SYRACUSE, NEW YORK – Paul Wyak, age 49, of Spencer, New York, was sentenced yesterday to serve 21 months in prison, to be followed by 10 years of supervised release, for failing to register and update his registration as a sex offender.
The announcement was made by Acting United States Attorney Antoinette T. Bacon and David L. McNulty, United States Marshal for the Northern District of New York
In addition to the term of imprisonment for failing to update his sex offender registration, Wyak was sentenced to a 14-month consecutive term of imprisonment for violating the conditions of his supervised release by committing new criminal conduct, failing to answer truthfully questions from his probation officer, having unapproved contact with a victim of a prior offense, and possessing an undisclosed internet capable device.
As part of his previously entered plea agreement, Wyak admitted that in 2008 he was convicted in the United States District Court for the Northern District of New York of distribution of child pornography. That conviction required Wyak to register as a sex offender for 25 years, and to keep that registration current with personal identifying information, including email accounts. Wyak admitted that although he maintained registration as a sex offender in the State of New York, he did not register at least one email account that he created despite knowing he has a continuing obligation under the law to do so.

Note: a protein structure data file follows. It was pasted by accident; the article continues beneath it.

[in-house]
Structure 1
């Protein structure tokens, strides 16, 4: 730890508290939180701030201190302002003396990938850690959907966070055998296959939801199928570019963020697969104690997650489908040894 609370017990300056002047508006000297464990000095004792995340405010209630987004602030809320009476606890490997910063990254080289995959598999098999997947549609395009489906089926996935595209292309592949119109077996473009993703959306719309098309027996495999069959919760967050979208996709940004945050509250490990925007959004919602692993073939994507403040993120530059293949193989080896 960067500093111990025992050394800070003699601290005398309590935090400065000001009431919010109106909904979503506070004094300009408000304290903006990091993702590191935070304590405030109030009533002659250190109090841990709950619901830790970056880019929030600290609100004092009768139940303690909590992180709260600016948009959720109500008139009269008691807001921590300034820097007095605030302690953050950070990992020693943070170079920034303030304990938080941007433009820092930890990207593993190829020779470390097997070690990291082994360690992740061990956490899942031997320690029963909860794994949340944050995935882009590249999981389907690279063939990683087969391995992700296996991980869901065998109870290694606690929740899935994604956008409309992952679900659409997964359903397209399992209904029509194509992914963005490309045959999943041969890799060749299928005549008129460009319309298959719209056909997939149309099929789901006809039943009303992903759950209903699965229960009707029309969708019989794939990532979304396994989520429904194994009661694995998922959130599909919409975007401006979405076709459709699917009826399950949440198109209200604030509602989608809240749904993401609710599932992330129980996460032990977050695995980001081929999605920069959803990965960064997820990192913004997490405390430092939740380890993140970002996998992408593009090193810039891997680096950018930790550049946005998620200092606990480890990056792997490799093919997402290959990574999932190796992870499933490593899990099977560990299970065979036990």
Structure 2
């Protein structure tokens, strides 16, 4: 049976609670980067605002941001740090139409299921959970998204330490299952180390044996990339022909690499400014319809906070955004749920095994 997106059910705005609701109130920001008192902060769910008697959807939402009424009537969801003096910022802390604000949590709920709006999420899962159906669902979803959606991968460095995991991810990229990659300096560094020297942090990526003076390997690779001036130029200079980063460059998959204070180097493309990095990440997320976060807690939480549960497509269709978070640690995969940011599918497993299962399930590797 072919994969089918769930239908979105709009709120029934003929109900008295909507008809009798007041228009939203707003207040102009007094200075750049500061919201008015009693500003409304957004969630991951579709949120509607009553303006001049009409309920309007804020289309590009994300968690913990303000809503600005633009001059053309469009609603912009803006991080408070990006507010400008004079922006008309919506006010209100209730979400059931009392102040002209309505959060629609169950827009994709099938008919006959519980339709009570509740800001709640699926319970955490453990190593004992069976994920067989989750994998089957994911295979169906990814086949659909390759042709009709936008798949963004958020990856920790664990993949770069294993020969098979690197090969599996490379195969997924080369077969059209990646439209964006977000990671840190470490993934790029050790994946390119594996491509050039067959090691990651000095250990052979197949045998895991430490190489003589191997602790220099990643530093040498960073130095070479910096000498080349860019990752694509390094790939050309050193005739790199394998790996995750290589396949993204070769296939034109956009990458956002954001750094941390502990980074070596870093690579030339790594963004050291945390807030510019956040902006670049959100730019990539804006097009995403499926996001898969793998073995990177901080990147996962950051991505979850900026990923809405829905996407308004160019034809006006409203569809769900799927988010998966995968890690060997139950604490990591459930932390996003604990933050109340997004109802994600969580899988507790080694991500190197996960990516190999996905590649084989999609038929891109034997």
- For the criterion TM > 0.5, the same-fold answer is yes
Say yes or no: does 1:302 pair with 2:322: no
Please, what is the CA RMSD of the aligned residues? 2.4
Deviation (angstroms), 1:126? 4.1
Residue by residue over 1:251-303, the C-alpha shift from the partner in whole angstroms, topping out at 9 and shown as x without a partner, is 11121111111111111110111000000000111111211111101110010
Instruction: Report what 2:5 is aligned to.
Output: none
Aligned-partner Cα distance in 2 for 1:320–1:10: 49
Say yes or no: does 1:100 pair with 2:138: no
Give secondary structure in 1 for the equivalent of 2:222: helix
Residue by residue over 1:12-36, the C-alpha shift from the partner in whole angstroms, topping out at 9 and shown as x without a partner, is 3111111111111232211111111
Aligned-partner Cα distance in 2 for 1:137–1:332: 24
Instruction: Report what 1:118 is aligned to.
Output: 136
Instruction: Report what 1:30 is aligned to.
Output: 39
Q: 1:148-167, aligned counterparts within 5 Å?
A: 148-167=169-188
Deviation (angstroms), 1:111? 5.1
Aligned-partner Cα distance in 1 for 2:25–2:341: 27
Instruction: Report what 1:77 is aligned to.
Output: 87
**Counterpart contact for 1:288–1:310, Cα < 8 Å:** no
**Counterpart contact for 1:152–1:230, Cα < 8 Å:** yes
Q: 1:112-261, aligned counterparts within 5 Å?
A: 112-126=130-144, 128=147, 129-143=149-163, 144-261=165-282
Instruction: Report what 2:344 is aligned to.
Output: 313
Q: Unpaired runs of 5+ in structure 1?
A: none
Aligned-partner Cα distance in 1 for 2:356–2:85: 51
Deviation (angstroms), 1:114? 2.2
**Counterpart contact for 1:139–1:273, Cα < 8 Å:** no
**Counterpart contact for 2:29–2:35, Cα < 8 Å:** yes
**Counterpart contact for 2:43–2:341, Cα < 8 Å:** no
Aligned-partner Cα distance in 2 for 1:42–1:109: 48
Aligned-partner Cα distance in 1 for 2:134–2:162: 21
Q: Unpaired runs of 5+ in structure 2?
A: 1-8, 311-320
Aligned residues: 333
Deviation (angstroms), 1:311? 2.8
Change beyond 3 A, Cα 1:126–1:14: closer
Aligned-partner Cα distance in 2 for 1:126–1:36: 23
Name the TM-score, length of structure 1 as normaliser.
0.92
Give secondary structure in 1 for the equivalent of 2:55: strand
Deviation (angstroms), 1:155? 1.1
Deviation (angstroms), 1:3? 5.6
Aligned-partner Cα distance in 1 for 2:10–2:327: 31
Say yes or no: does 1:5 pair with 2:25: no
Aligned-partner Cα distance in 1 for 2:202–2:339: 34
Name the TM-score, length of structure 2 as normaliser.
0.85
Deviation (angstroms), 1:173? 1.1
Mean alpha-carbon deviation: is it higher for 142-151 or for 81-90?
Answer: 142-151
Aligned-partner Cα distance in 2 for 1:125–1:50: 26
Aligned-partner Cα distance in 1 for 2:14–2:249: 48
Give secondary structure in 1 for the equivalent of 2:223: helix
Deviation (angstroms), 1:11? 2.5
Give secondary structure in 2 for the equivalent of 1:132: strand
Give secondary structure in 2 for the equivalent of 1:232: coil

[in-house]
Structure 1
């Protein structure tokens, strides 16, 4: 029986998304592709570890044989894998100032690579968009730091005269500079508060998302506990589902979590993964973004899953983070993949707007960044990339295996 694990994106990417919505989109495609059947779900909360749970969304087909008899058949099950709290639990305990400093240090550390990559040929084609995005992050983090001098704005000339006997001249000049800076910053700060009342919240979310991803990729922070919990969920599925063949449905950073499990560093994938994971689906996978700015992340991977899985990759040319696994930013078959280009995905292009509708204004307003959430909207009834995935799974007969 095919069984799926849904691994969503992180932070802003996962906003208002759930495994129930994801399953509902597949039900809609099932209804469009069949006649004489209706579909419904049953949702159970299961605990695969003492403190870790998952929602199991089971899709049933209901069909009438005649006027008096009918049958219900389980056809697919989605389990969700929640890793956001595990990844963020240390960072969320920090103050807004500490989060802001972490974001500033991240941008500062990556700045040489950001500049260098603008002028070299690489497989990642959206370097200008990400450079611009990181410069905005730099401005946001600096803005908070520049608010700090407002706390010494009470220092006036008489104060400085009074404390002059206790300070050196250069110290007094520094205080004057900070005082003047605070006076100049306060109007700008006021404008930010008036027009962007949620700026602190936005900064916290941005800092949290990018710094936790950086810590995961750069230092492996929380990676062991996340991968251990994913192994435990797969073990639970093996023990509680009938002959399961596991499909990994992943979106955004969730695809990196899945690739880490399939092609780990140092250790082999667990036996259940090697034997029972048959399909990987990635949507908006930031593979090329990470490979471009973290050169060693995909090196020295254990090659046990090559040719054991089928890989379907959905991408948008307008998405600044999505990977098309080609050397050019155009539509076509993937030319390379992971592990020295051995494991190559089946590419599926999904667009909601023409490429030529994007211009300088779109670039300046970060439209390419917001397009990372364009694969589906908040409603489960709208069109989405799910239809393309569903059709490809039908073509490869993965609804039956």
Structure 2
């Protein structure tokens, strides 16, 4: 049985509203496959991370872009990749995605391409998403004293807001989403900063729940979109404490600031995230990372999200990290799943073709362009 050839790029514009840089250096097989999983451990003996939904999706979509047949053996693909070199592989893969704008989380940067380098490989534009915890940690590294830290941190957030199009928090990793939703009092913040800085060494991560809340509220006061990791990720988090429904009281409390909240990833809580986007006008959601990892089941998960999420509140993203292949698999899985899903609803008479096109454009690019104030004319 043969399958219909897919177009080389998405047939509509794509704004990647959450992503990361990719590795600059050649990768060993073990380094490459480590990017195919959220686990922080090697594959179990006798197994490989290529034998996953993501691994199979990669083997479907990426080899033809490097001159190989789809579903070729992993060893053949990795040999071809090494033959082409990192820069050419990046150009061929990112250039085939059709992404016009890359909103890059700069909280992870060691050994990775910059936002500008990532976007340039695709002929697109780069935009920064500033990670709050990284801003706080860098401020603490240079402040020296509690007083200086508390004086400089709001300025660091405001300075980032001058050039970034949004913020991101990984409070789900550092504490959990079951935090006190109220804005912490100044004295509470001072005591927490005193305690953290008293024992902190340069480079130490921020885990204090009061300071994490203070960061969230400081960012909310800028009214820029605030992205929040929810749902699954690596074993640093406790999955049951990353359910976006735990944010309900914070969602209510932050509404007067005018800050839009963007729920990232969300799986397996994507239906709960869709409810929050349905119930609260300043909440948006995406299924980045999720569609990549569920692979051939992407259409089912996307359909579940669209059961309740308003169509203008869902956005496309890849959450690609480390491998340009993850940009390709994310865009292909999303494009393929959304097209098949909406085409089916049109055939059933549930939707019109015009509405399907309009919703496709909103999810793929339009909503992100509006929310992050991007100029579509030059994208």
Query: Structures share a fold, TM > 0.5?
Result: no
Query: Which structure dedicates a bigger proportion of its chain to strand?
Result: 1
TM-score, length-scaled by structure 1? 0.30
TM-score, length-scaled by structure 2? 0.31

This case was investigated by the United States Marshals Service Sex Offender Investigation Branch with assistance from the United States Probation Office for the Northern District of New York, and was prosecuted by Special Assistant U.S. Attorney Adrian S. LaRochelle
This case was prosecuted as part of Project Safe Childhood, a nationwide initiative designed to protect children from online exploitation and abuse. Led by the United States Attorney’s offices, Project Safe Childhood marshals federal, state, and local resources to better locate, apprehend, and prosecute individuals who exploit children via the Internet, as well as identify and rescue victims. For more information about Project Safe Childhood, please visit http://www.justice.gov/psc/.
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